Devoted Pumper Builds Plane, Employs Same Sense of Determination That Exemplifies Septic Business

Some of the best traits of a successful small-business owner – self-reliance, determination and a curiosity to learn new things – helped Bill Keller build an airplane from scratch and soar to new heights.
Devoted Pumper Builds Plane, Employs Same Sense of Determination That Exemplifies Septic Business
At the controls of the Breezy is Bill Keller, flanked by partners Robbie Leonard, left, and Dick Nance. (Photo by Joe Mahoney)

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When you look at the cover of Pumper this month, you might wonder about the photo. It shows three men in an open-cockpit winged contraption parked in front of a vacuum truck. It’s a great photo of the owners of J.L. Bishop Contractor Inc., one of our featured profile companies this month, but I need to put that photo in context.

At the controls of the flying machine is Bill Keller, and he’s flanked by partners Robbie Leonard, left, and Dick Nance. The trio runs the successful pumping company that specializes in environmental cleanup, cleaning grease traps and septic service. They bought the company in 2005 and have demonstrated a passion for the wastewater industry.

But you’ll pardon Bill Keller if he has an even bigger passion in life. And, it’s obvious from our cover photo, that passion is flight. And not just any kind of flying, but the seat-of-the-pants excitement of piloting an experimental aircraft. What you see on the cover is the Breezy airplane Bill built by himself in a part-by-part manufacturing process that took three years and 2,000 to 3,000 hours.

“The challenge really is building an airplane. Very few people build airplanes anymore and most of them are from a kit,’’ Bill explains. “But building an airplane from scratch from tubes and welding metal is very challenging. Then psyching yourself up to fly it and do it safely is very difficult. Few people have built their own airplanes and made a first flight. There’s a tremendous sense of accomplishment to do that.’’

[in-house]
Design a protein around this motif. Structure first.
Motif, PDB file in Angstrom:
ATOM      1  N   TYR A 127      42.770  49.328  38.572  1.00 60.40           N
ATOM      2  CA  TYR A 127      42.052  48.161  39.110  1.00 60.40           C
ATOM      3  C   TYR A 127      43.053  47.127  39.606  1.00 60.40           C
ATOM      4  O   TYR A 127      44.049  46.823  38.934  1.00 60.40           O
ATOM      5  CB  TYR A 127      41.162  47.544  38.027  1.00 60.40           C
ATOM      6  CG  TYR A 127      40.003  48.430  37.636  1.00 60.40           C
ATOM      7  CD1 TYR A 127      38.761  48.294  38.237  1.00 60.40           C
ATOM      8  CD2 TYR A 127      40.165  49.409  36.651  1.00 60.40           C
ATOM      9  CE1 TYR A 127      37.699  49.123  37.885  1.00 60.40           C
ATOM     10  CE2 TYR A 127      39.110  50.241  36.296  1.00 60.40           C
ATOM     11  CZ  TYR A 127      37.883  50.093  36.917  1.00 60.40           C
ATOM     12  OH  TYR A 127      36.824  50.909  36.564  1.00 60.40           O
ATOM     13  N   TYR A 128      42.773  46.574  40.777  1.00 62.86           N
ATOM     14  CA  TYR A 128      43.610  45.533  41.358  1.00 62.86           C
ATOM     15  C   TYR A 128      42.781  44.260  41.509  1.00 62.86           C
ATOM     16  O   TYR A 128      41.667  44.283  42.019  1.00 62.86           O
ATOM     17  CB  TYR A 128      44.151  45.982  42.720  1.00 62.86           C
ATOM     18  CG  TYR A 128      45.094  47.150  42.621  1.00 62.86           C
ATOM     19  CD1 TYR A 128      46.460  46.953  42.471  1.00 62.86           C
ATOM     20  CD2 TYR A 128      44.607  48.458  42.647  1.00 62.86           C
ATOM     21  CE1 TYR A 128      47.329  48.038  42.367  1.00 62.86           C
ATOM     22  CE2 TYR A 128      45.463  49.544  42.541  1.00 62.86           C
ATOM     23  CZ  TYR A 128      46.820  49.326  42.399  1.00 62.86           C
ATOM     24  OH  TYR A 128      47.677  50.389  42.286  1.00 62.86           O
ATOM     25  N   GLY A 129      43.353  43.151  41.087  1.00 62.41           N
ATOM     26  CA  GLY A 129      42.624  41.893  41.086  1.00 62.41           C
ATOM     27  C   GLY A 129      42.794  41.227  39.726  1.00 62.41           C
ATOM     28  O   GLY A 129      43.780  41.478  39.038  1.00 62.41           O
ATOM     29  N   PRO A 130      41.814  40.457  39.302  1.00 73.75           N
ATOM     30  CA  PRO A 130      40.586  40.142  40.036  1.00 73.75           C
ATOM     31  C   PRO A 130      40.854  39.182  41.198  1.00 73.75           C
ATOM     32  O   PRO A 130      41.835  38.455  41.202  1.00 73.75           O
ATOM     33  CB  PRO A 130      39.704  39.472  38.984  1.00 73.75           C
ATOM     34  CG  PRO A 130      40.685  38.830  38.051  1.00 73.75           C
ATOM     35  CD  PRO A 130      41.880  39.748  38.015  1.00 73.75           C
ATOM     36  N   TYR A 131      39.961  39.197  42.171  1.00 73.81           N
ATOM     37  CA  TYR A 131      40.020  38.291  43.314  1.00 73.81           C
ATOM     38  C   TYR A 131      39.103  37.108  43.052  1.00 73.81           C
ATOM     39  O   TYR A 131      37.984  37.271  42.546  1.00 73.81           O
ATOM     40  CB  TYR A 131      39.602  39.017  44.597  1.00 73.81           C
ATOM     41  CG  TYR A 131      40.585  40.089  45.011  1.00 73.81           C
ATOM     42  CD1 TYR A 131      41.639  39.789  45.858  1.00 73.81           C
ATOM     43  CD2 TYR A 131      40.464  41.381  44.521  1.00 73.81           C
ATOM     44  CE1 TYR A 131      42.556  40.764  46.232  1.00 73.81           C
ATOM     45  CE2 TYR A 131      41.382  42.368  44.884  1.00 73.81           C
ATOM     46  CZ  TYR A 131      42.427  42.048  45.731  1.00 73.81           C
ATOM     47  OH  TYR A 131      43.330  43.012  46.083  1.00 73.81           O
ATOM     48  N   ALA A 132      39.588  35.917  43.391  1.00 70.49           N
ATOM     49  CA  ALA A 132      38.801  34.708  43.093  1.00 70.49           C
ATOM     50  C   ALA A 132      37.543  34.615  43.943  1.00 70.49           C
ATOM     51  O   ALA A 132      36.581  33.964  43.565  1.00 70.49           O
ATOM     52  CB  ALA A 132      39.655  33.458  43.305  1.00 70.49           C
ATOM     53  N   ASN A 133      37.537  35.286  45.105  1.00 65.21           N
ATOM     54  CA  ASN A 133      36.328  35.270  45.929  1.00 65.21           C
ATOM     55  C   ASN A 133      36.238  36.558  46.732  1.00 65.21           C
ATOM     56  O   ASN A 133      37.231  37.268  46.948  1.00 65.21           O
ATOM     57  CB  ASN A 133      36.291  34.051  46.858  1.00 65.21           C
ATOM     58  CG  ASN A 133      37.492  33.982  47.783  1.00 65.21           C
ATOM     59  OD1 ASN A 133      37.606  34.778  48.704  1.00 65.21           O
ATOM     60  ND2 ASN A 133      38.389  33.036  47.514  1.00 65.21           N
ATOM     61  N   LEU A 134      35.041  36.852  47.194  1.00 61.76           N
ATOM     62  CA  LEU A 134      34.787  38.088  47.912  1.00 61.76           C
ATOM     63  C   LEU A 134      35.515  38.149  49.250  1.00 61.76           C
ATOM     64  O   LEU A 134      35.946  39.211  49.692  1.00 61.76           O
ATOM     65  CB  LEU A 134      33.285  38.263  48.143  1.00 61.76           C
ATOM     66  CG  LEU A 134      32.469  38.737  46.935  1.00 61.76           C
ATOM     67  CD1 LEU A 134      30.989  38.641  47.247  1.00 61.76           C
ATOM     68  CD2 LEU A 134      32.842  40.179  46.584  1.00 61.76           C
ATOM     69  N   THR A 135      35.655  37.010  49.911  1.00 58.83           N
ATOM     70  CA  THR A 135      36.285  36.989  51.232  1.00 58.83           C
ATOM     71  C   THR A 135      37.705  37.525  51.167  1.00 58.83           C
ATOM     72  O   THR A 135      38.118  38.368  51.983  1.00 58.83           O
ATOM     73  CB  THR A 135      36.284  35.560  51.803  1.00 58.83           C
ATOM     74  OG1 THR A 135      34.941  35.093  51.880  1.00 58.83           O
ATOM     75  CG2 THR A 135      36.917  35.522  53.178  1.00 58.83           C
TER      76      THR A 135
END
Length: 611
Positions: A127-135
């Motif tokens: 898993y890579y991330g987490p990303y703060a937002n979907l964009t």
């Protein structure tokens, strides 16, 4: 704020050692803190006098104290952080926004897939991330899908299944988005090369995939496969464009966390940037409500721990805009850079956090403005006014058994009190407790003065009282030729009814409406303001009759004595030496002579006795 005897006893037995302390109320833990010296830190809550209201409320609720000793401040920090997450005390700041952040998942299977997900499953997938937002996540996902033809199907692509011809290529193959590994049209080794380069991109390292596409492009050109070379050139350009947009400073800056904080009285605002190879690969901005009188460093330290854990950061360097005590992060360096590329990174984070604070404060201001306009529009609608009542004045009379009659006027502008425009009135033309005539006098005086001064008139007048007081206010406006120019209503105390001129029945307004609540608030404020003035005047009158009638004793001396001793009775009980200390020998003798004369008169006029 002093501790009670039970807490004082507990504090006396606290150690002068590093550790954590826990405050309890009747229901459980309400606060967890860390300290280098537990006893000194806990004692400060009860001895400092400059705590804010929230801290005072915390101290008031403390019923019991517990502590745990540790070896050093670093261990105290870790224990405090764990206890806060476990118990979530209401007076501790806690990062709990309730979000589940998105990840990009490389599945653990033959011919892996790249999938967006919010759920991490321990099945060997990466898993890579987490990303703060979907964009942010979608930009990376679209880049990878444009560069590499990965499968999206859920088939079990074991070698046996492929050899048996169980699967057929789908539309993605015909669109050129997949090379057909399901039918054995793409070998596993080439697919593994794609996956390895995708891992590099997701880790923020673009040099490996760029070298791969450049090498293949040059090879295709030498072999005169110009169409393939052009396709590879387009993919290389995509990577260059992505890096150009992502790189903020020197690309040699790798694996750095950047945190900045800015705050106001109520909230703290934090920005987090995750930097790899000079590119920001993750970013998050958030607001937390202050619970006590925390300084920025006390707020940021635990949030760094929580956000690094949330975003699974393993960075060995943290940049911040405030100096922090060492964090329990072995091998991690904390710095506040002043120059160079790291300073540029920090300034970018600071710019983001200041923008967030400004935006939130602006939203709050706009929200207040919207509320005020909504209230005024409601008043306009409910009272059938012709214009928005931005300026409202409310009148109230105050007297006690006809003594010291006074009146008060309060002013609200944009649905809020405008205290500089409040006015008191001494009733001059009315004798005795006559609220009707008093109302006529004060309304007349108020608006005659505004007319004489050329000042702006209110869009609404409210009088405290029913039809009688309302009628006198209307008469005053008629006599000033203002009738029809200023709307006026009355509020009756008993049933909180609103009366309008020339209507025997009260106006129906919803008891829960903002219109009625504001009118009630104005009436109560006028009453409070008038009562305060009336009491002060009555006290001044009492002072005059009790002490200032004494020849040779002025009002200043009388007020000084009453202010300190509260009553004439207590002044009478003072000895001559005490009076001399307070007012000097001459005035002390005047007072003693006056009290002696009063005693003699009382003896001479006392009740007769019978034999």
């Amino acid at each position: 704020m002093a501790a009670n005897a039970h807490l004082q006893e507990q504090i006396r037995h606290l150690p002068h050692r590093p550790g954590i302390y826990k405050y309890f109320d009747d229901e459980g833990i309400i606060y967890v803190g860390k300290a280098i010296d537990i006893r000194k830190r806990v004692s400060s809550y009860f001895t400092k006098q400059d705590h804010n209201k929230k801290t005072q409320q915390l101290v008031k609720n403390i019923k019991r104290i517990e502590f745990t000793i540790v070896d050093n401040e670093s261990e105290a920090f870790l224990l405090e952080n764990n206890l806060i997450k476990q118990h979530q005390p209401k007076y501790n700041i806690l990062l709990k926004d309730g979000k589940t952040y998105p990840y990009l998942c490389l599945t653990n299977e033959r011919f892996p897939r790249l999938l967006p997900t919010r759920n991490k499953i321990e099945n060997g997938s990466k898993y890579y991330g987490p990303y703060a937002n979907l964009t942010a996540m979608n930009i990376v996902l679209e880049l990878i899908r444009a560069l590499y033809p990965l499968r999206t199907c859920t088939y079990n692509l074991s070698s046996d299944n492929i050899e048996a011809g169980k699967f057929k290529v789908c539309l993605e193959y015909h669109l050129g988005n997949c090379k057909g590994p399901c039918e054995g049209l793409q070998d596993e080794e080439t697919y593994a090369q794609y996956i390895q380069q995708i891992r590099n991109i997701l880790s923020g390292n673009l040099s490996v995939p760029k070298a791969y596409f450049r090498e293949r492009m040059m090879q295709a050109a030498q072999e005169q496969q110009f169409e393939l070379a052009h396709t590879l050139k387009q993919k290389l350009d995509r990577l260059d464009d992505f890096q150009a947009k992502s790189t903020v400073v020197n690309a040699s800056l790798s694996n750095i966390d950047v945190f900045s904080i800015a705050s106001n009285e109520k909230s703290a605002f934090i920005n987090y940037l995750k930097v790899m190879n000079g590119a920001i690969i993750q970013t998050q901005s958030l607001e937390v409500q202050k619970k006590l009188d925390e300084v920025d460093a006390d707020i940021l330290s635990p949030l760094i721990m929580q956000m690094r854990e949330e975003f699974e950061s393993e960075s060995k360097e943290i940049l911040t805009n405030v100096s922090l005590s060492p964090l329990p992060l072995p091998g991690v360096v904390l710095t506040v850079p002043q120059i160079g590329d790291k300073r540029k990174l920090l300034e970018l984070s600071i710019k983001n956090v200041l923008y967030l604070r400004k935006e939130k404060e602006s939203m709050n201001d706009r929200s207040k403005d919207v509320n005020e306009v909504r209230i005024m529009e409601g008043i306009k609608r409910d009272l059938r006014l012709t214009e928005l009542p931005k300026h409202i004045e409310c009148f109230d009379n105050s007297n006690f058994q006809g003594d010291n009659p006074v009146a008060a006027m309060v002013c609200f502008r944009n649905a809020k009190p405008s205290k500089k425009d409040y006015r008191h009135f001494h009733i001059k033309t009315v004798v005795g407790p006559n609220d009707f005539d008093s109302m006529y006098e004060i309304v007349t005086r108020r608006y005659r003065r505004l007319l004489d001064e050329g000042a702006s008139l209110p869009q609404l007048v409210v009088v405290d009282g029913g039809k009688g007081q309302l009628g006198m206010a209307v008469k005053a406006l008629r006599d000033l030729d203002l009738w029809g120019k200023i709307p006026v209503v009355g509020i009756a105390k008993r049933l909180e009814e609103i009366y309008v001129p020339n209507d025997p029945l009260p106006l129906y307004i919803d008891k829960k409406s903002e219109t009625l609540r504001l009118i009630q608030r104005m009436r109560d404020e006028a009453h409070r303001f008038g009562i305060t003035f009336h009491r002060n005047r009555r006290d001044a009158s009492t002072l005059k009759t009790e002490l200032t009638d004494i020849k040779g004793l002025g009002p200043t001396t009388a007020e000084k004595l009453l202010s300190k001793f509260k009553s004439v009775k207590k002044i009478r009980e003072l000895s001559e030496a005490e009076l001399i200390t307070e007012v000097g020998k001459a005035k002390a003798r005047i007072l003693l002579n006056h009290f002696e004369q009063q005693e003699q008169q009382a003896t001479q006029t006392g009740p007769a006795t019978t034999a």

Growing up in Ohio, Bill started taking flying lessons at 16 and had his license at 17, as soon as he was legally able to get it. He spent the next 43 years flying everything from single-engine prop planes to multi-engine jets. He’s got a commercial pilot’s license, though he’s never flown for pay, just for fun.

Then, in 2000, after owning and flying many planes, he decided to build his own. He chose the Breezy, which looks like a few chairs on wheels connected to a large fixed wing and an engine in the back. He said the first Breezy was cobbled together in the 1960s by a group of “drunken airport bums’’ who wrote down suggestions about how to repeat the process and started selling plans.

One of the early Breezy pilots gave Bill a ride and he was hooked.

“I thought it was the greatest thing since sliced bread. There’s nothing in front of you and nothing underneath you. Unless you’ve flown in one, it’s hard to describe. Part of the appeal and charm is it appears to be minimalistic. There appears to be nothing there and you wear a leather helmet and goggles.’’


Bill has flown the Breezy for 10 years, and at 60, hopes to soon be able to take enough time off from running the pumping business to make trips to Florida and to Wisconsin for the annual Experimental Aircraft Association AirVenture. The flights will be long ones in a plane that cruises along at less than 70 mph, but he’ll enjoy every minute in the air.

Building a plane and flying it requires the same type of self-reliance and determination a pumper needs to succeed in business in the face of new technologies and constant competition. Like someone running a septic service business, Bill never gave up during the daunting process that saw him spend a dozen hours manufacturing a part the size of a quarter and attending vocational school to learn the TIG welding techniques necessary to build a strong fixed wing.

In our profile feature about J.L. Bishop, Bill talks at length about how his business has grown over the years. But all you have to do it ask him a question about flying and the conversation can get sidetracked for hours. He says fewer people today understand the freedom of flight or even have the chance to go up in a small plane, and it saddens him.

“People are more content to play a flight simulator game as opposed to going out and actually flying the plane,’’ he says. But he wants to encourage people to recapture the fascination with flight Americans had 100 years ago in the time of the Wright Brothers. If they’re interested, he tells people to pursue their dreams to fly.


“If you’re motivated enough and want to do it, you’ll find a way,’’ he says. “Just go out and do it. It’s a learning experience. And you’ll meet a lot of nice people. Some of the nicest people are pilots.’’

Bill plans to make another trip next February, to attend his first Pumper & Cleaner Environmental Expo International in Indianapolis. I can’t imagine he’ll wing in to Indiana behind the controls of the Breezy, but don’t put anything past this can-do pumper.

“There have been some nice days of weather in February,’’ he says.


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